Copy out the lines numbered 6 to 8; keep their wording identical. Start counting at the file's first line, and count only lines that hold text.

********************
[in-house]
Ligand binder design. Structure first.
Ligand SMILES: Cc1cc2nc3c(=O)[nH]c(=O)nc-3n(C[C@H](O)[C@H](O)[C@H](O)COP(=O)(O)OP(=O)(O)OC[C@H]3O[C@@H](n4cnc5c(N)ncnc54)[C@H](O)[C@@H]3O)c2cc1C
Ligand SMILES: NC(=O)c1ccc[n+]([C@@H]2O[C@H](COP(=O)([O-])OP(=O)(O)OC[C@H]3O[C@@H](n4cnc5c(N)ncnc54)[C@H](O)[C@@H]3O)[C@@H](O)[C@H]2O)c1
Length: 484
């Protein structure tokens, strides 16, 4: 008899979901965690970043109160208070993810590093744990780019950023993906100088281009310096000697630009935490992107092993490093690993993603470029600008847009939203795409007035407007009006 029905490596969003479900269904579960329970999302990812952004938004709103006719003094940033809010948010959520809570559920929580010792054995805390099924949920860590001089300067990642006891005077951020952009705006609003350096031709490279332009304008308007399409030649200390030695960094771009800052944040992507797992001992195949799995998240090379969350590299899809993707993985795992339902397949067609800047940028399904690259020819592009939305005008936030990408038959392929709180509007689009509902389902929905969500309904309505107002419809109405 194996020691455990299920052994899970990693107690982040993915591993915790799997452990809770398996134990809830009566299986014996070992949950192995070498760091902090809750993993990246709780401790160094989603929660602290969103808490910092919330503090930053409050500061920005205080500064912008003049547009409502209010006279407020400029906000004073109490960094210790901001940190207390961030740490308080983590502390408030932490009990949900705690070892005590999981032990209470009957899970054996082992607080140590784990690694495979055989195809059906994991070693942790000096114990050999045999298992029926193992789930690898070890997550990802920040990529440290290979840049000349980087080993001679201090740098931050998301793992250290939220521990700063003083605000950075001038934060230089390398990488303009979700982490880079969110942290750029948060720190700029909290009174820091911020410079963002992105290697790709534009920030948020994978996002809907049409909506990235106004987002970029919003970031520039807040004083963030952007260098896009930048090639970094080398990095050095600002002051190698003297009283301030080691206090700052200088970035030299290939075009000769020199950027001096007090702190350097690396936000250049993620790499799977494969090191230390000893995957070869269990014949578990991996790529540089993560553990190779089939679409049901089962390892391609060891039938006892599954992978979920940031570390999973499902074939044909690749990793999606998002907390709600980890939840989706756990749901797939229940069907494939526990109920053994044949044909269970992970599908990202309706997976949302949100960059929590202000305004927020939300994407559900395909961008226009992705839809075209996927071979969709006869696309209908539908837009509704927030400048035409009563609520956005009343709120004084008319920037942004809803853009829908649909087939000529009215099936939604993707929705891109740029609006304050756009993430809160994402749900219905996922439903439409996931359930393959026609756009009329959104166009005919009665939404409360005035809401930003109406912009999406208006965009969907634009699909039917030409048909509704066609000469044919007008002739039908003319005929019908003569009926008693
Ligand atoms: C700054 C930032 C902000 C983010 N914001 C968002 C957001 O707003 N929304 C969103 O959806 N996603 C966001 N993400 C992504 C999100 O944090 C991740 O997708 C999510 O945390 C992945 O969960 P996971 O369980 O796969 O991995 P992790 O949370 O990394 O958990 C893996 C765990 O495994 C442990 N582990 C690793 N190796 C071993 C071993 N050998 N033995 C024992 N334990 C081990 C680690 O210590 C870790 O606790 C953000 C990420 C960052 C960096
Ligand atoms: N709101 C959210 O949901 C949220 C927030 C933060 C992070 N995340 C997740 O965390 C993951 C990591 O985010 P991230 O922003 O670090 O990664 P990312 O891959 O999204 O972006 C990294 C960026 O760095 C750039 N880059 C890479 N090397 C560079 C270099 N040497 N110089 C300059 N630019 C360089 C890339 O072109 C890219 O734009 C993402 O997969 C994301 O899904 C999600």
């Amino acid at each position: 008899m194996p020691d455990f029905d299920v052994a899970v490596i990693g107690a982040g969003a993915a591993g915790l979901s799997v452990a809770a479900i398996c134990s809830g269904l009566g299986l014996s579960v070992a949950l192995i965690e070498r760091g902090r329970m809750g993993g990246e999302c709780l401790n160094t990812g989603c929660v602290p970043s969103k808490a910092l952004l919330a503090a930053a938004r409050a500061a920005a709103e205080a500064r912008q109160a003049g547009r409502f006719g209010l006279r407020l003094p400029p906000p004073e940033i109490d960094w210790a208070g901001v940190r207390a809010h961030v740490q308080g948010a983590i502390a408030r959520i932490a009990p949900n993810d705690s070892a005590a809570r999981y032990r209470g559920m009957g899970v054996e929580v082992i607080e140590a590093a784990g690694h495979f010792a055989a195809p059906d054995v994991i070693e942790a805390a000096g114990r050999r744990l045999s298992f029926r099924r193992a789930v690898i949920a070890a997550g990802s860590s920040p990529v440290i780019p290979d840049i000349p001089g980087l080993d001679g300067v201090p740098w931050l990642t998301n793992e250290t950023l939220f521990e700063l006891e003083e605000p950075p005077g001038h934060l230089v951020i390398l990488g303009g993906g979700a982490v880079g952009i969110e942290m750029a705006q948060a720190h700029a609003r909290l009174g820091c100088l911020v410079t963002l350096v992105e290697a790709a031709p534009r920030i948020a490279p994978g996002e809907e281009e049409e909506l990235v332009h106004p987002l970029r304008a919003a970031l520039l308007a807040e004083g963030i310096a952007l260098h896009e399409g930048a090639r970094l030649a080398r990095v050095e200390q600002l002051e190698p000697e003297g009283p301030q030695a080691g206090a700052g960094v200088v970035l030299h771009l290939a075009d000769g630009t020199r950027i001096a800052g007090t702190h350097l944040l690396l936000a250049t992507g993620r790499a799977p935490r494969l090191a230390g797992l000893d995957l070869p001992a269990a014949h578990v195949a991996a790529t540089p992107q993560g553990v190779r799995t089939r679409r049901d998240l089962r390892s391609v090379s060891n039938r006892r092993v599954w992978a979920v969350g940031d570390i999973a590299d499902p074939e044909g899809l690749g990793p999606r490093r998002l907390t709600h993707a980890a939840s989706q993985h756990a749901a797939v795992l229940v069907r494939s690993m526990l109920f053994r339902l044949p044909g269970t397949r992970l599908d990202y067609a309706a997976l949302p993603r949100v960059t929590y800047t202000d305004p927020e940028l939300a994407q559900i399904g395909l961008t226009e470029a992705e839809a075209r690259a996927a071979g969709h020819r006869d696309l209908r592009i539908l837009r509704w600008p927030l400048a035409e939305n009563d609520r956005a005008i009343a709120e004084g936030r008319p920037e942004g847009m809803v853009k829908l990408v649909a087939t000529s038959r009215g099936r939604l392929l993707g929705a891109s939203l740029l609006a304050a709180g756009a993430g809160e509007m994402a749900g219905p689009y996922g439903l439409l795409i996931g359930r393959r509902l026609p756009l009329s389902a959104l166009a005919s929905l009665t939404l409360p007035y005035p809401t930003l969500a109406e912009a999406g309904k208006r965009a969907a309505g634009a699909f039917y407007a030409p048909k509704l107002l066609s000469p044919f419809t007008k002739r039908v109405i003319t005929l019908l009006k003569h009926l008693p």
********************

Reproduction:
């Protein structure tokens, strides 16, 4: 008899979901965690970043109160208070993810590093744990780019950023993906100088281009310096000697630009935490992107092993490093690993993603470029600008847009939203795409007035407007009006 029905490596969003479900269904579960329970999302990812952004938004709103006719003094940033809010948010959520809570559920929580010792054995805390099924949920860590001089300067990642006891005077951020952009705006609003350096031709490279332009304008308007399409030649200390030695960094771009800052944040992507797992001992195949799995998240090379969350590299899809993707993985795992339902397949067609800047940028399904690259020819592009939305005008936030990408038959392929709180509007689009509902389902929905969500309904309505107002419809109405 194996020691455990299920052994899970990693107690982040993915591993915790799997452990809770398996134990809830009566299986014996070992949950192995070498760091902090809750993993990246709780401790160094989603929660602290969103808490910092919330503090930053409050500061920005205080500064912008003049547009409502209010006279407020400029906000004073109490960094210790901001940190207390961030740490308080983590502390408030932490009990949900705690070892005590999981032990209470009957899970054996082992607080140590784990690694495979055989195809059906994991070693942790000096114990050999045999298992029926193992789930690898070890997550990802920040990529440290290979840049000349980087080993001679201090740098931050998301793992250290939220521990700063003083605000950075001038934060230089390398990488303009979700982490880079969110942290750029948060720190700029909290009174820091911020410079963002992105290697790709534009920030948020994978996002809907049409909506990235106004987002970029919003970031520039807040004083963030952007260098896009930048090639970094080398990095050095600002002051190698003297009283301030080691206090700052200088970035030299290939075009000769020199950027001096007090702190350097690396936000250049993620790499799977494969090191230390000893995957070869269990014949578990991996790529540089993560553990190779089939679409049901089962390892391609060891039938006892599954992978979920940031570390999973499902074939044909690749990793999606998002907390709600980890939840989706756990749901797939229940069907494939526990109920053994044949044909269970992970599908990202309706997976949302949100960059929590202000305004927020939300994407559900395909961008226009992705839809075209996927071979969709006869696309209908539908837009509704927030400048035409009563609520956005009343709120004084008319920037942004809803853009829908649909087939000529009215099936939604993707929705891109740029609006304050756009993430809160994402749900219905996922439903439409996931359930393959026609756009009329959104166009005919009665939404409360005035809401930003109406912009999406208006965009969907634009699909039917030409048909509704066609000469044919007008002739039908003319005929019908003569009926008693
Ligand atoms: C700054 C930032 C902000 C983010 N914001 C968002 C957001 O707003 N929304 C969103 O959806 N996603 C966001 N993400 C992504 C999100 O944090 C991740 O997708 C999510 O945390 C992945 O969960 P996971 O369980 O796969 O991995 P992790 O949370 O990394 O958990 C893996 C765990 O495994 C442990 N582990 C690793 N190796 C071993 C071993 N050998 N033995 C024992 N334990 C081990 C680690 O210590 C870790 O606790 C953000 C990420 C960052 C960096
Ligand atoms: N709101 C959210 O949901 C949220 C927030 C933060 C992070 N995340 C997740 O965390 C993951 C990591 O985010 P991230 O922003 O670090 O990664 P990312 O891959 O999204 O972006 C990294 C960026 O760095 C750039 N880059 C890479 N090397 C560079 C270099 N040497 N110089 C300059 N630019 C360089 C890339 O072109 C890219 O734009 C993402 O997969 C994301 O899904 C999600």